Just as the confrontational shootout at the climax is riddled with bullets, the film is also riddled with cliches.  When Robicheaux is reprimanded by Chisolm after turning chicken and taking off the night before, one knows he is going to show up the next day to help the fight.  When another Red Indian is shown as one of Bogue’s new recruits, he and Red Harvest will face off in a hand-to-hand combat fight.  The Mexican and the gambler throwing insults at each other will end up saving each other’s lives.  And the villain and the hero, Bogue an Chisolm eventually meet for a gunfight draw in the true western tradition.

Fans of westerns will not be disappointed with THE MAGNIFICENT SEVEN.  The only surprise in the movie is that the entire film, directed by Fuqua has only one black character, throne played by Washington.

There is no credit mention of Sturges’s MAGNIFICENT SEVEN  or Kurosawa’s SEVEN SAMURAI in the end credits though Elmer Berstein is credited with his MAGNIFICENT SEVEN score which was used in Fuqua’s film.  But the film is dedicated to James Horner, who partly did the music for the film and passed away before the film’s completion.

Trailer: https://www.youtube.com/watch?v=anyMa2gN6uw

 

TRANSPECOS (USA 2016) ***1/2

Directed by Greg Kwedar

Co-written and directed by Greg Kwedar, this thriller/drama has the odd setting of the desert surrounding a makeshift U.S./Mexican border control post.  It begins as a drama about the three stationed patrol agents that turns into a thriller once trouble starts.  The set-up seems so ideal for a superb thriller that one wonders why no other filmmaker has ever made a film with this setting.

The film stars three excellent unknown actors  Johnny Simmons, Gabriel Luna, and Clifton Collins, Jr. as border patrol agents Benjamin Davis, Lances Flores and Lou Hobbs respectively.  The film begins with the three buddying around, making jokes about their job and talking trash.  It is a good way to start the film where the audience is introduced to the 3 characters.  It turns out that Hobbs is the senior no-nonsense guard, willing to put everything into the job.  Davis is the youngest and most immature while Flores the most level-headed.  It is Flores that the story concentrates on.    Gabriel Luna is nothing short of perfect in his role as Flores and the film succeeds primarily from his performance.  Luna is able to bring the audience at any time to tears or to draw them to the subject at hand.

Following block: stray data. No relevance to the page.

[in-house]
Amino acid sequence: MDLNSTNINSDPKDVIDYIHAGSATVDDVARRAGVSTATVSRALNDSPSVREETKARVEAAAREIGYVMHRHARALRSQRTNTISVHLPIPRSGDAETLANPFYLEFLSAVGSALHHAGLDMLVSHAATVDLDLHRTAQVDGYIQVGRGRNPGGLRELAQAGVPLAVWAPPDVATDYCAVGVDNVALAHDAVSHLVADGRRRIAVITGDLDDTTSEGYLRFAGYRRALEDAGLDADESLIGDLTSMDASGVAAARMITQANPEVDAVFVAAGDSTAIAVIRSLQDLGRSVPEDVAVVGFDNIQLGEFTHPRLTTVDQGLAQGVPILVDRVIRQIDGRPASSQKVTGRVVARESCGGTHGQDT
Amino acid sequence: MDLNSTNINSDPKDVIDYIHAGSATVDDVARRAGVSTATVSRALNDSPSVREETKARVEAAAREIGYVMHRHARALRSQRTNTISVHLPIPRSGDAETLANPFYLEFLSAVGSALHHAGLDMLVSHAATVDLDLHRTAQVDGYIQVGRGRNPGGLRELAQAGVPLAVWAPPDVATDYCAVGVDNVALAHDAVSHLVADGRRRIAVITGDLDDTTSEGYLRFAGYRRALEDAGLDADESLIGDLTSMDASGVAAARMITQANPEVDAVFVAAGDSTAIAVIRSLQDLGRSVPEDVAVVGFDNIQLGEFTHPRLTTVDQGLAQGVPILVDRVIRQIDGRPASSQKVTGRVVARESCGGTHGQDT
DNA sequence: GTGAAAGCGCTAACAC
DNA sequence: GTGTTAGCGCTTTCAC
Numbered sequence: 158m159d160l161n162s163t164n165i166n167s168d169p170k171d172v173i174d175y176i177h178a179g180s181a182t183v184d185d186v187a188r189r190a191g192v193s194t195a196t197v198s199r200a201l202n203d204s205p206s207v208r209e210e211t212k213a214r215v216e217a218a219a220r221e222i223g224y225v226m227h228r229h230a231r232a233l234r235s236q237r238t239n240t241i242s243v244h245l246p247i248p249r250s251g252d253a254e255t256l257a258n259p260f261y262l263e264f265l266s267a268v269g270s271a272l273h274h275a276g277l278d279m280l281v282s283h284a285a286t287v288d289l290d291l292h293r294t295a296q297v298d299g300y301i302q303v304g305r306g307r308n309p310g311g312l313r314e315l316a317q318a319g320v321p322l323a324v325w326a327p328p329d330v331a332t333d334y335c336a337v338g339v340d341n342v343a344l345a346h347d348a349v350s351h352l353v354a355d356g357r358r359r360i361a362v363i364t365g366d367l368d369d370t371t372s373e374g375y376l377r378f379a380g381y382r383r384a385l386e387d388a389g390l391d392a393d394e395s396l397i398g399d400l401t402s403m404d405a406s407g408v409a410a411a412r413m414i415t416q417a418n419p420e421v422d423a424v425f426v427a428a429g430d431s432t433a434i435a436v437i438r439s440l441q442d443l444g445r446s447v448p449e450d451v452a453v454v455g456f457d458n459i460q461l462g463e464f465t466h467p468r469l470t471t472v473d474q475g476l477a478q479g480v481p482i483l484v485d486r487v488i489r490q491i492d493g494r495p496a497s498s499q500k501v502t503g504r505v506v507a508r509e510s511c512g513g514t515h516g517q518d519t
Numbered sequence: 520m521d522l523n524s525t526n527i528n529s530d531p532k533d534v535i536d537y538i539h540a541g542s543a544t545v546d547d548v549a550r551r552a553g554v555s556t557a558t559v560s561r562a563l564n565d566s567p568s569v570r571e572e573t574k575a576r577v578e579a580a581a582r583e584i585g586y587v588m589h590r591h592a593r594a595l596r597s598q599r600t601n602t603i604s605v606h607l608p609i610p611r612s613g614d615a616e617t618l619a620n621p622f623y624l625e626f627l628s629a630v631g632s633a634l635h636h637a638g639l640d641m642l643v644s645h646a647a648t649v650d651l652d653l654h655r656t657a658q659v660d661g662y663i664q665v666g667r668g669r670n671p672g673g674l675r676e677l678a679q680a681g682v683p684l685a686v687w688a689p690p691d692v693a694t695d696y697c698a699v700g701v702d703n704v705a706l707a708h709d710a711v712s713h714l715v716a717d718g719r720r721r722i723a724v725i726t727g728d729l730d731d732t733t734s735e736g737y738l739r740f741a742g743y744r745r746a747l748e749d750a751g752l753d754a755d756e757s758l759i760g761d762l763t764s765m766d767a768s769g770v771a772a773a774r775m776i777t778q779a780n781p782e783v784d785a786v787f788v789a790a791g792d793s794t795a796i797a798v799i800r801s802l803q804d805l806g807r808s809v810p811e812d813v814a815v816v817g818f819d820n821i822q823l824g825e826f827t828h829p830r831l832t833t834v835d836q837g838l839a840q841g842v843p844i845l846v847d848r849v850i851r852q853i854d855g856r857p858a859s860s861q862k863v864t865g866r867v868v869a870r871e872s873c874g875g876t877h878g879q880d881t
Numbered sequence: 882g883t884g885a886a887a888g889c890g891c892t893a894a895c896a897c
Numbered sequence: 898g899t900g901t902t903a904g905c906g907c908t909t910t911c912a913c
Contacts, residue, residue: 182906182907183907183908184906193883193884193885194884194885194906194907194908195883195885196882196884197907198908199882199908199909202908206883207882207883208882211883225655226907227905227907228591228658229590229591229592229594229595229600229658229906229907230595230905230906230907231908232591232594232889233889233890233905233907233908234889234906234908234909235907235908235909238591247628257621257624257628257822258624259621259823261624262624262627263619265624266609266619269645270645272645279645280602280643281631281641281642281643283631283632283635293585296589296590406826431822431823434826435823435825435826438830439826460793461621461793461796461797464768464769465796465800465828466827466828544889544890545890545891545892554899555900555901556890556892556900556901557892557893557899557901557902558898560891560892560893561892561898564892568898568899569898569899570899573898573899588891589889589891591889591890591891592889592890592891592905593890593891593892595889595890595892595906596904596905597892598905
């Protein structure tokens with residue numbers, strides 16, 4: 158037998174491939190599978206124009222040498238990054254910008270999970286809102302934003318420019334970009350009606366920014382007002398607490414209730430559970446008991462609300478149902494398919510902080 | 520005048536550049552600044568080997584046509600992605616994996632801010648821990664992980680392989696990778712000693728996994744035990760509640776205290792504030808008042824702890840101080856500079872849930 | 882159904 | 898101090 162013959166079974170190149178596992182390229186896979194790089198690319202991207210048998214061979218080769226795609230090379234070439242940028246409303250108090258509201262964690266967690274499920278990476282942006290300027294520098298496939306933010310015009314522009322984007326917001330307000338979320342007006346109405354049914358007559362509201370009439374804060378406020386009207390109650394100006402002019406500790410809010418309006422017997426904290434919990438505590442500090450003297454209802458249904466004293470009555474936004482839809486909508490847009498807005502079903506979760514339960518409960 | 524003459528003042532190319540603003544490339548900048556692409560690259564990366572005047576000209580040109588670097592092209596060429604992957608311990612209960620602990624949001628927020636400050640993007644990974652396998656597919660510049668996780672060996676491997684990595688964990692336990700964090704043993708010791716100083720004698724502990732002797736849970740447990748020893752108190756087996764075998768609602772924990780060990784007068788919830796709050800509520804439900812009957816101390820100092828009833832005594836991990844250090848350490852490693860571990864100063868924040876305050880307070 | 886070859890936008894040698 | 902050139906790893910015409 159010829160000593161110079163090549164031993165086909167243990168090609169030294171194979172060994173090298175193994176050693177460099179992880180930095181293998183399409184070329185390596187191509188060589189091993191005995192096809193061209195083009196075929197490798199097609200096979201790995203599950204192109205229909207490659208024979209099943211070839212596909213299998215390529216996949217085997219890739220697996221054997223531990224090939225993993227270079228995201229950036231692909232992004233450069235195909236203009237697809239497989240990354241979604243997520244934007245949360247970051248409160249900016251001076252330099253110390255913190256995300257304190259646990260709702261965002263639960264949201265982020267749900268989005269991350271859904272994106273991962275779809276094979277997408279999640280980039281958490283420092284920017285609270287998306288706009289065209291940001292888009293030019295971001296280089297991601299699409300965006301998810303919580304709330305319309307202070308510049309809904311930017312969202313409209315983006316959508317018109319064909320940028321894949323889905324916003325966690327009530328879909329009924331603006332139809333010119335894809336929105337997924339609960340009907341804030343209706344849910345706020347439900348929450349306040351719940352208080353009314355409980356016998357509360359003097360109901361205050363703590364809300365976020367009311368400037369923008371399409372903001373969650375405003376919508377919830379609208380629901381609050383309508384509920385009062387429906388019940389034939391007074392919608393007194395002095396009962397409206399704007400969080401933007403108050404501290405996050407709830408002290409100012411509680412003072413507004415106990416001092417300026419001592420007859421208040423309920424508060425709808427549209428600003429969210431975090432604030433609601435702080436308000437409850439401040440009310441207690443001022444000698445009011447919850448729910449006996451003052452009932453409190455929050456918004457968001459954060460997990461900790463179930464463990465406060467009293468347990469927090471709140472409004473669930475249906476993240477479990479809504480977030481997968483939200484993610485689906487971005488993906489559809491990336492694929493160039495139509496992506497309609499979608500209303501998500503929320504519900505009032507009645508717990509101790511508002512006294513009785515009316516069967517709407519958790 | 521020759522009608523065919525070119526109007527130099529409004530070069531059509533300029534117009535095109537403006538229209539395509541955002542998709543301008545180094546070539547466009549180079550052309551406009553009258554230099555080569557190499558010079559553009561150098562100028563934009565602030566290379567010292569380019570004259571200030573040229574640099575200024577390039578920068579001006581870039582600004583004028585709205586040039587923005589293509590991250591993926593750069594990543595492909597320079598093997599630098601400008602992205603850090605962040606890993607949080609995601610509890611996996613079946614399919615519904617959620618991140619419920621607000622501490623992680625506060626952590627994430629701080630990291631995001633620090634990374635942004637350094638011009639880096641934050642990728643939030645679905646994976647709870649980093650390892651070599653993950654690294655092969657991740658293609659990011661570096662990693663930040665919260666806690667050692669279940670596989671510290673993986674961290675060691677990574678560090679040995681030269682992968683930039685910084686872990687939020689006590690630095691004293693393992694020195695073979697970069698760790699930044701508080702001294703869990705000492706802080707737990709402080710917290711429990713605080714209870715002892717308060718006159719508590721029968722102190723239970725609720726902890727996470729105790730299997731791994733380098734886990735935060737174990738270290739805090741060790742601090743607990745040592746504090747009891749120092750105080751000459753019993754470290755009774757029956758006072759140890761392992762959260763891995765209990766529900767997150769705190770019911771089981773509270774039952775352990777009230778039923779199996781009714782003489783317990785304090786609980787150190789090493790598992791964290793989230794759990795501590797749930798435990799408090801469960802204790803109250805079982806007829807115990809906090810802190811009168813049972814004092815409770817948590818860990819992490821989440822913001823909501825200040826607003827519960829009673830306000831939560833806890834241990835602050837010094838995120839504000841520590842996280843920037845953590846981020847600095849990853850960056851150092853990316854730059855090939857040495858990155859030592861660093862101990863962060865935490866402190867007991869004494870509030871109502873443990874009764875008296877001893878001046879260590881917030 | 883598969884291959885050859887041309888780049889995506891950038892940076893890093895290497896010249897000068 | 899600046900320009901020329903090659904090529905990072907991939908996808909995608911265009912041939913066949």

The trouble in paradise starts when a car is stopped by Hobbs.  The car is carrying a hidden stash of cocaine and in the process of stopping the car, Hobbs is wounded by Davis.  The driver of the car is shot and killed.  It is revealed that Davis is in with the drug smuggling as the drug cartel has his family at ransom.  “They know everything,” Davis tells Flores, “even when my sister goes to the grocery store.”   But how Davis got into trouble with the cartel is not revealed.  Though it does not really affect the rest of the film, one is still curious to know.  Now, Davis pulls out his gun on Hobbs and Flores and decides to do the drop off off the cocaine himself to protect himself and his family.  But Flores has to deal with both the wounded Hobbs while trying to save his buddy Davis.

It appears to be a lose-lose situation.  There is no way out, with jail appearing to be the best alternative and the cartel killing them to be the worst scenario.

The rest of the film has the two of them, Flores and Davis dealing with the cartel.  Though TRANSPECOS is not an action film, the necessary action segments are accomplished with sufficient expertise.

The desert setting is used to its full potential.  The most beautiful segment, courtesy of Cinematographer Jeffrey Waldron has Flores crawling up a hill of sand silhouetted by the sun, his body shown in shadows.  The segment in which the Hobbs is brought to an old Mexican medicine woman deserves mention.  It brings the culture and beliefs of the people of the area into the picture completing the atmosphere of the story.

The film works best as a character study of patrol guards in the desert setting. It succeeds less as a suspense film trying to sort out a solution.  But as an absorbing film in which the audience can identify with its characters, TRANSPECOS definitely succeeds with full marks.

Trailer: https://www.youtube.com/watch?v=osD5DjWnLXE